Four-star event rider Coral Keen (pictured) provides one H&H forum user with some helpful advice on how to encourage a horse to become less tense during a dressage test
Q: “Yesterday I took my horse to do elementary 42 at a dressage competition. We arrived at the venue in plenty of time, my horse was nice and chilled, drank some water as it was so hot and had a munch of some grass and hay. I then tacked up and warmed up. He worked beautifully in a lovely soft outline, with fab transitions for about 25 minutes. I thought ‘yes, we are going to win this’. It was then my turn so I went straight from the warm up arena into the main area. Cue eyes on stalks. The bell rang just past C, my horse tensed and rans off back to A, head up, stiff as a plank. He then decided the photographer was an evil monster and that every camera click was some form of firearm ammunition. The whole test was a disaster due to complete tenseness. Do you have any advice on how to ride a tense test, and how to avoid tension please? I am losing the will to compete. He is 10-year-old Andalusian and has been to quite a few competitions. He is easily distracted. Thanks in advance.”
A: “The first thing I would advise is to go somewhere low-key where you can school through a test. Try and do this away from home, hire an arena and simulate the show feel by pretending to the horse that it is a test. Do everything you would if you were at show; warm up exactly how you said you have above, then take him into an area with the boarded arena and trot round a couple of times before you go in.
Going schooling somewhere is a useful way to repeat and correct anything that has gone wrong at a competition. For example, if he doesn’t want to stand in halt, you can just stand and make him wait there until he does, giving lots of praise when he succumbs.
Whether you are at a show or creating a competition environment as above, just before you enter the arena do little things to help keep your horse focused. Try putting in some transitions and doing some flexing, all the time telling yourself to stay relaxed and imagining that you’re still warming up and schooling. If you feel him getting tense before you start the test, reassure him with a pat and talk out loud to him.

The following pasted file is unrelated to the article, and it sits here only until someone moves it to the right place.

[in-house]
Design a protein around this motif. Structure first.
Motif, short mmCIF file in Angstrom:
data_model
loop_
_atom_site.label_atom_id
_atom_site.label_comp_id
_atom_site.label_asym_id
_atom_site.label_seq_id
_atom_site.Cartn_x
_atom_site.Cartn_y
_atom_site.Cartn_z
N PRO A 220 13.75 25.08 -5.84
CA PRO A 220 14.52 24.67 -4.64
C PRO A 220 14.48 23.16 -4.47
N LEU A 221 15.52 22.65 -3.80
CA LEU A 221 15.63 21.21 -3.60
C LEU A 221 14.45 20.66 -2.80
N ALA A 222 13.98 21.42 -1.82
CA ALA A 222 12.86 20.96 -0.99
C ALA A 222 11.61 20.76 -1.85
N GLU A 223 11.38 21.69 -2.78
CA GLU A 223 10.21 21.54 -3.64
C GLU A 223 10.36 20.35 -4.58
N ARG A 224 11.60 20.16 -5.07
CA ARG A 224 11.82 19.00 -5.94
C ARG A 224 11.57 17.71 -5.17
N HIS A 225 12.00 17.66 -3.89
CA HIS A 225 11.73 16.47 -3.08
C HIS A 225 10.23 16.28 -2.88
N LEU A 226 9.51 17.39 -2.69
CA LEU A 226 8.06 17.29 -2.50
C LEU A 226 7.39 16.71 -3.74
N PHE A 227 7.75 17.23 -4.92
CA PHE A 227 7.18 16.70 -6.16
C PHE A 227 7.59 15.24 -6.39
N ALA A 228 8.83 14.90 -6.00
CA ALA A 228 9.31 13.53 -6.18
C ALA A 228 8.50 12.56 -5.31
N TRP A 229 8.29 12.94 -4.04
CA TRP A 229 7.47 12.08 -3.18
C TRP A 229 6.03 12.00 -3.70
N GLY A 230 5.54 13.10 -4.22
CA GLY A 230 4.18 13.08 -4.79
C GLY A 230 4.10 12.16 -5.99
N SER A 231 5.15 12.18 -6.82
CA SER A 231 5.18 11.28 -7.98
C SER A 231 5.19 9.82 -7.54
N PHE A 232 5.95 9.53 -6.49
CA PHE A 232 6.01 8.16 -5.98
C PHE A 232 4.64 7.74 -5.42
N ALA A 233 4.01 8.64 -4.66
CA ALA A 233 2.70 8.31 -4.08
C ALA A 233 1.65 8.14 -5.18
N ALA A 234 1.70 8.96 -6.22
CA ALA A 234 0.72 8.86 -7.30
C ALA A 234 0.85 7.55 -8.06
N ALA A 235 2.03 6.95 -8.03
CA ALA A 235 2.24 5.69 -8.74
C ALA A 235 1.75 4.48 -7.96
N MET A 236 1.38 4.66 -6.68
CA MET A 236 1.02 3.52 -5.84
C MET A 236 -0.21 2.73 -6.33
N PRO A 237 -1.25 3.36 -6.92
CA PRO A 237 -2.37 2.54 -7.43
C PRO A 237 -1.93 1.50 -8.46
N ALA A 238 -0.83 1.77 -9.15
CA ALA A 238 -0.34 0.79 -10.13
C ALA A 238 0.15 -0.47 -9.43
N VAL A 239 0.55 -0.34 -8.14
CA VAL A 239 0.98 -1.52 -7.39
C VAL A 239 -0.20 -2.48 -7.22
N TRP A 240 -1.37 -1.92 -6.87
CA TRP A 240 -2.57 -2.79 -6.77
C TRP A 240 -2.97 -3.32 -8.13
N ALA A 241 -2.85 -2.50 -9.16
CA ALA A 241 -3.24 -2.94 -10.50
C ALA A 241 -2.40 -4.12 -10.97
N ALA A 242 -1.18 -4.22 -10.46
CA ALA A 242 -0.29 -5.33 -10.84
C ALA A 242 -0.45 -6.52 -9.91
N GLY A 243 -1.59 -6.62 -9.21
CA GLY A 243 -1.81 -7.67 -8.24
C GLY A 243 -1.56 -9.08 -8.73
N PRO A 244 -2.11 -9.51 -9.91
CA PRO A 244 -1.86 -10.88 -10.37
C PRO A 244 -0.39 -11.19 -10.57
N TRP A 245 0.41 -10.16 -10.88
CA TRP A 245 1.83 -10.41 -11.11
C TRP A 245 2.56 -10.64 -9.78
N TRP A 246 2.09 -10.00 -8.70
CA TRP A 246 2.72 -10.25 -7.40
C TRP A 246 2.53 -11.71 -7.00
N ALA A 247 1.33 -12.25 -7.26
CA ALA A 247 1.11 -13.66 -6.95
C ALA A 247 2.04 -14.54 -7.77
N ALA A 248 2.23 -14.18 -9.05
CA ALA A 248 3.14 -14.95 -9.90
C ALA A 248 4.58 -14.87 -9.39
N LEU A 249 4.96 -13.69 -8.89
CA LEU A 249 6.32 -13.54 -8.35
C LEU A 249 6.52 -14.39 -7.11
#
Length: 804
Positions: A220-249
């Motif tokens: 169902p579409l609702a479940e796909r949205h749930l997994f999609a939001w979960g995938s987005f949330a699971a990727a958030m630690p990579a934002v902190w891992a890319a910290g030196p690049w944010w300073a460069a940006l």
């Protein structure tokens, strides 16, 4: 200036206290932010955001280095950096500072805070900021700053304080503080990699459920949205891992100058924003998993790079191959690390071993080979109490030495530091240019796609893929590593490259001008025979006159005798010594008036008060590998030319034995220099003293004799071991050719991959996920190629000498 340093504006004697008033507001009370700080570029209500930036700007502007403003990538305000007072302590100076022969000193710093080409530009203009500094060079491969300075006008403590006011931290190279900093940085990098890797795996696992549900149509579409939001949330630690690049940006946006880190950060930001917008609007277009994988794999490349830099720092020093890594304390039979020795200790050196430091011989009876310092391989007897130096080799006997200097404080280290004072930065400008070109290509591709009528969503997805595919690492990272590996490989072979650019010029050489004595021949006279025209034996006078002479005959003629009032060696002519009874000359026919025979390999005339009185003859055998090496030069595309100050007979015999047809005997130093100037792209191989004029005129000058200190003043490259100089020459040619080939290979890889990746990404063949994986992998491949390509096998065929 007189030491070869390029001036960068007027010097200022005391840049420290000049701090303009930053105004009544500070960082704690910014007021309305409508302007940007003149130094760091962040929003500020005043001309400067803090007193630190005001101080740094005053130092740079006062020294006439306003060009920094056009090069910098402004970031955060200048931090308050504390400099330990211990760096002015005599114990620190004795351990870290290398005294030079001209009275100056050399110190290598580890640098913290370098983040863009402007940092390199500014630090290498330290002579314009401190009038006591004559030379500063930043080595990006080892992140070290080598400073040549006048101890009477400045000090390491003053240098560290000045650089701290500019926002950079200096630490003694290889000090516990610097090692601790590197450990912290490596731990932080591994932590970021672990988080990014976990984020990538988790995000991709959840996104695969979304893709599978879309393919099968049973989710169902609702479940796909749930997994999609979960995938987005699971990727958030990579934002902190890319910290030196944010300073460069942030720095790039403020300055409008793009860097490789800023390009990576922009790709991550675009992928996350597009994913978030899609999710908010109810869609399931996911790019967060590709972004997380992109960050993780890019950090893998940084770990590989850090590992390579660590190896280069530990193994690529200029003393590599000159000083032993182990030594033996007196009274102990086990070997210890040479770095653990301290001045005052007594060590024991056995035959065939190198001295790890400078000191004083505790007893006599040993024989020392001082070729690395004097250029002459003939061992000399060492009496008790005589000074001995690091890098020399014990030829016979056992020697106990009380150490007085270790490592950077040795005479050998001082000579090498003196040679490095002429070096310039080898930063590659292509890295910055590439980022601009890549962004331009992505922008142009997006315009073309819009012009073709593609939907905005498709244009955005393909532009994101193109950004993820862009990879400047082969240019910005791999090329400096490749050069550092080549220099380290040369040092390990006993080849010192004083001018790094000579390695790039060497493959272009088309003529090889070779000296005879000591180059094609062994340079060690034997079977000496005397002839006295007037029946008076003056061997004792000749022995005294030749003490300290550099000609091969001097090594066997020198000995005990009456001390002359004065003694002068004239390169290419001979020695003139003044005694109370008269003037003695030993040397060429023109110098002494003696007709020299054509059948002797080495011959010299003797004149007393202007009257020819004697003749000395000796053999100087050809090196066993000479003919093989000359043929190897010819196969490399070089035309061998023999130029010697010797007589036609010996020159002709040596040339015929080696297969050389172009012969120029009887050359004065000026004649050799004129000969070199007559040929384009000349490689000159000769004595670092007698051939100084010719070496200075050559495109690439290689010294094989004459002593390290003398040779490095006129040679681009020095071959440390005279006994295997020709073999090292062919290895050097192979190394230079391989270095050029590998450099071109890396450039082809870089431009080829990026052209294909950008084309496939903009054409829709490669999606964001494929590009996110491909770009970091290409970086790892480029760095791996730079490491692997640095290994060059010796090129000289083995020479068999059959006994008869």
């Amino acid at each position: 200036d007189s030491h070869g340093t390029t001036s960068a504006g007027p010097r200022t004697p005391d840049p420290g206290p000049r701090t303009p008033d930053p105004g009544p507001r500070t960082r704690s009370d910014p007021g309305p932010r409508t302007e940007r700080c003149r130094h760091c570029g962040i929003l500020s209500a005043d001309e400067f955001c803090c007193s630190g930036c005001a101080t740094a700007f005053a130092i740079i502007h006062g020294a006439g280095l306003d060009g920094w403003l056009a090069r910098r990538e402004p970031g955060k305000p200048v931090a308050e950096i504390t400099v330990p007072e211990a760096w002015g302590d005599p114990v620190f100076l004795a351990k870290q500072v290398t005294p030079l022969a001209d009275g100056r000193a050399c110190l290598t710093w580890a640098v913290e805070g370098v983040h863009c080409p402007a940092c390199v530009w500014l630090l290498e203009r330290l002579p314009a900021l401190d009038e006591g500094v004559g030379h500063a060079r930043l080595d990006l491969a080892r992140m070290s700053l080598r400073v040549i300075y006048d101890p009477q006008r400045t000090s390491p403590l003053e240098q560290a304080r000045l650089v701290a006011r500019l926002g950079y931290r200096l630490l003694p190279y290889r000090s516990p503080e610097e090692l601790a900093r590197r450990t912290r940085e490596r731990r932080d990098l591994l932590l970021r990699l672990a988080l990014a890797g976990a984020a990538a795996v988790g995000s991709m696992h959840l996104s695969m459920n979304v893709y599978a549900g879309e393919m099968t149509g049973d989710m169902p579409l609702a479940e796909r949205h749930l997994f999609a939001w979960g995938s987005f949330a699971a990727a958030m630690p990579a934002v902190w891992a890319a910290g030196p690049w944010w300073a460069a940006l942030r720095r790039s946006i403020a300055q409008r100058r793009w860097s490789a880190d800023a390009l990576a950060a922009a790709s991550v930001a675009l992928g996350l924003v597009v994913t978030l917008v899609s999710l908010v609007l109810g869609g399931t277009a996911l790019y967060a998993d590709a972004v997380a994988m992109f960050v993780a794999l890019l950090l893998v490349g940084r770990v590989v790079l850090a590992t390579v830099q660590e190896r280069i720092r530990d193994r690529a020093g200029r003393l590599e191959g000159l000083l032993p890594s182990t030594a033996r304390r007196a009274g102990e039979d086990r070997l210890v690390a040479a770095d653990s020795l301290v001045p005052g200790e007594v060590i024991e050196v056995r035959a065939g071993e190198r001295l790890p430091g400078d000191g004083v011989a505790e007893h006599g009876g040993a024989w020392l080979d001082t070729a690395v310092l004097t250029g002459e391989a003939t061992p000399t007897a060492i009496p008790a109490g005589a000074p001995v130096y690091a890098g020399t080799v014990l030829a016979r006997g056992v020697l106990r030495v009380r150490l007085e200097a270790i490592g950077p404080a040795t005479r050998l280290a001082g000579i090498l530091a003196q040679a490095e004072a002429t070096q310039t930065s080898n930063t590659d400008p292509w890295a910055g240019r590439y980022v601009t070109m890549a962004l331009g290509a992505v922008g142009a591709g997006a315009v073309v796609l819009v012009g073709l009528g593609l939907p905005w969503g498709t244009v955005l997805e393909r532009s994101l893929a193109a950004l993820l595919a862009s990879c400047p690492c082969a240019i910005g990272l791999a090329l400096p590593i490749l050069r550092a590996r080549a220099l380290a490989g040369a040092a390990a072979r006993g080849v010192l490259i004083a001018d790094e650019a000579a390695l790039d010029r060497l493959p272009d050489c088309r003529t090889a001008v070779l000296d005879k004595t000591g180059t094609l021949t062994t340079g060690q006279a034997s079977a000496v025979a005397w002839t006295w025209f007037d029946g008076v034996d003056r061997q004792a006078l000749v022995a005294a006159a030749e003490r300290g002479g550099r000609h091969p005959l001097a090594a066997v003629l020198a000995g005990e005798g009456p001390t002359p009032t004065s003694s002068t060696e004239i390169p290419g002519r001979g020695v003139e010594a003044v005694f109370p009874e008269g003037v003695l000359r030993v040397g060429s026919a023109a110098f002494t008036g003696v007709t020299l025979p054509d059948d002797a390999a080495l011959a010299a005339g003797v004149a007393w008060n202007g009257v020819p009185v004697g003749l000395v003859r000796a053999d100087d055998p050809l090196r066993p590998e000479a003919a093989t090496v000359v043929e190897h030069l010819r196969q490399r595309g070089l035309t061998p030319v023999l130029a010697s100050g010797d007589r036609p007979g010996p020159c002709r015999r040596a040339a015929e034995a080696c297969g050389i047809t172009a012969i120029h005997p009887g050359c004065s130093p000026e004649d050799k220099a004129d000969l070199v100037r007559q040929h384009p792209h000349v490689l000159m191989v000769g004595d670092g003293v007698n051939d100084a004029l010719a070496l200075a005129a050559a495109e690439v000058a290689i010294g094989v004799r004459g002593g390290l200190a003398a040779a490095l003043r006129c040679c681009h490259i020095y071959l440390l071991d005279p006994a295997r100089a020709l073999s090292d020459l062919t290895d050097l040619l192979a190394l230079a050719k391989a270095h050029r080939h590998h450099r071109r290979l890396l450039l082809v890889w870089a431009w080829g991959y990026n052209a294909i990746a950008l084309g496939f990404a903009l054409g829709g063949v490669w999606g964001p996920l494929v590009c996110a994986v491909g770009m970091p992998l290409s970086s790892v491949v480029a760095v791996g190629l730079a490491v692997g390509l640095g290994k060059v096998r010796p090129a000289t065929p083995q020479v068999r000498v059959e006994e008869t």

Make sure you stay soft in your back and soft in your elbows so that the horse doesn’t pick up any tension from you. Remember the saying: ‘what’s in the brain goes down the rein’. It is possible that you get tense at the thought that he might, or with the pressure of wanting to win, so be aware that it is your responsibility to keep both soft and relaxed.
Once in the arena, remember, you can pat your horse throughout the test. You won’t get marked down for giving him a little reassuring scratch on the neck and showing him that you’re in it together. Just because you’re going into the arena nothing changes — it’s the same as it is outside. It sounds like the warm up you’re doing is right for him, just try to emulate this in your test.
Overall it sounds like he goes in and gets a bit insecure so tenses up. Anything you can do to give the horse confidence is a good thing. The key is to keep him focused and with you, so he doesn’t notice what else is going on around him.
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